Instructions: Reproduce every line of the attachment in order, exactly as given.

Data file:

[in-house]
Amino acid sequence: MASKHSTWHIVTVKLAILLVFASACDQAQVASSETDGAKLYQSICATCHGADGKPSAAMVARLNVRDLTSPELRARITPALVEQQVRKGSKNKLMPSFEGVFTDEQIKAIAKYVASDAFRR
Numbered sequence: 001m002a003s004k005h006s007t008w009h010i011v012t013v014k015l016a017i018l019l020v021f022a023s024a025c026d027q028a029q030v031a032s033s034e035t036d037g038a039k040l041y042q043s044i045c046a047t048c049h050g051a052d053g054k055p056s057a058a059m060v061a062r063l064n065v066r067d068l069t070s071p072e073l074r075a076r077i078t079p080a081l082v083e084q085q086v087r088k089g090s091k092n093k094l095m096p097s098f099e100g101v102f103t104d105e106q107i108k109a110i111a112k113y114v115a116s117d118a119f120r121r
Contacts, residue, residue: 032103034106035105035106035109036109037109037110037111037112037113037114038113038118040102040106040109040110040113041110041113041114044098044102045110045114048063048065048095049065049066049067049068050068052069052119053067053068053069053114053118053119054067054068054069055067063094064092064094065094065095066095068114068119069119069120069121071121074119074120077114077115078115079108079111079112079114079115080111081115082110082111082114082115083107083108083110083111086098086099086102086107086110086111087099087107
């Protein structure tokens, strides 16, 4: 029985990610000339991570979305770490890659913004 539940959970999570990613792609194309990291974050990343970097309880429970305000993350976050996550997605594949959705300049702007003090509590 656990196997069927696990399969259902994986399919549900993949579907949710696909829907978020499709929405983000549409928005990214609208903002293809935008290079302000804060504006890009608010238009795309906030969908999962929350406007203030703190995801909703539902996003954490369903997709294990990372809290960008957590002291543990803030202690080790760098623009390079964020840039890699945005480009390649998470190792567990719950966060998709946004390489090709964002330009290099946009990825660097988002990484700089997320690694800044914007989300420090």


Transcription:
[in-house]
Amino acid sequence: MASKHSTWHIVTVKLAILLVFASACDQAQVASSETDGAKLYQSICATCHGADGKPSAAMVARLNVRDLTSPELRARITPALVEQQVRKGSKNKLMPSFEGVFTDEQIKAIAKYVASDAFRR
Numbered sequence: 001m002a003s004k005h006s007t008w009h010i011v012t013v014k015l016a017i018l019l020v021f022a023s024a025c026d027q028a029q030v031a032s033s034e035t036d037g038a039k040l041y042q043s044i045c046a047t048c049h050g051a052d053g054k055p056s057a058a059m060v061a062r063l064n065v066r067d068l069t070s071p072e073l074r075a076r077i078t079p080a081l082v083e084q085q086v087r088k089g090s091k092n093k094l095m096p097s098f099e100g101v102f103t104d105e106q107i108k109a110i111a112k113y114v115a116s117d118a119f120r121r
Contacts, residue, residue: 032103034106035105035106035109036109037109037110037111037112037113037114038113038118040102040106040109040110040113041110041113041114044098044102045110045114048063048065048095049065049066049067049068050068052069052119053067053068053069053114053118053119054067054068054069055067063094064092064094065094065095066095068114068119069119069120069121071121074119074120077114077115078115079108079111079112079114079115080111081115082110082111082114082115083107083108083110083111086098086099086102086107086110086111087099087107
């Protein structure tokens, strides 16, 4: 029985990610000339991570979305770490890659913004 539940959970999570990613792609194309990291974050990343970097309880429970305000993350976050996550997605594949959705300049702007003090509590 656990196997069927696990399969259902994986399919549900993949579907949710696909829907978020499709929405983000549409928005990214609208903002293809935008290079302000804060504006890009608010238009795309906030969908999962929350406007203030703190995801909703539902996003954490369903997709294990990372809290960008957590002291543990803030202690080790760098623009390079964020840039890699945005480009390649998470190792567990719950966060998709946004390489090709964002330009290099946009990825660097988002990484700089997320690694800044914007989300420090």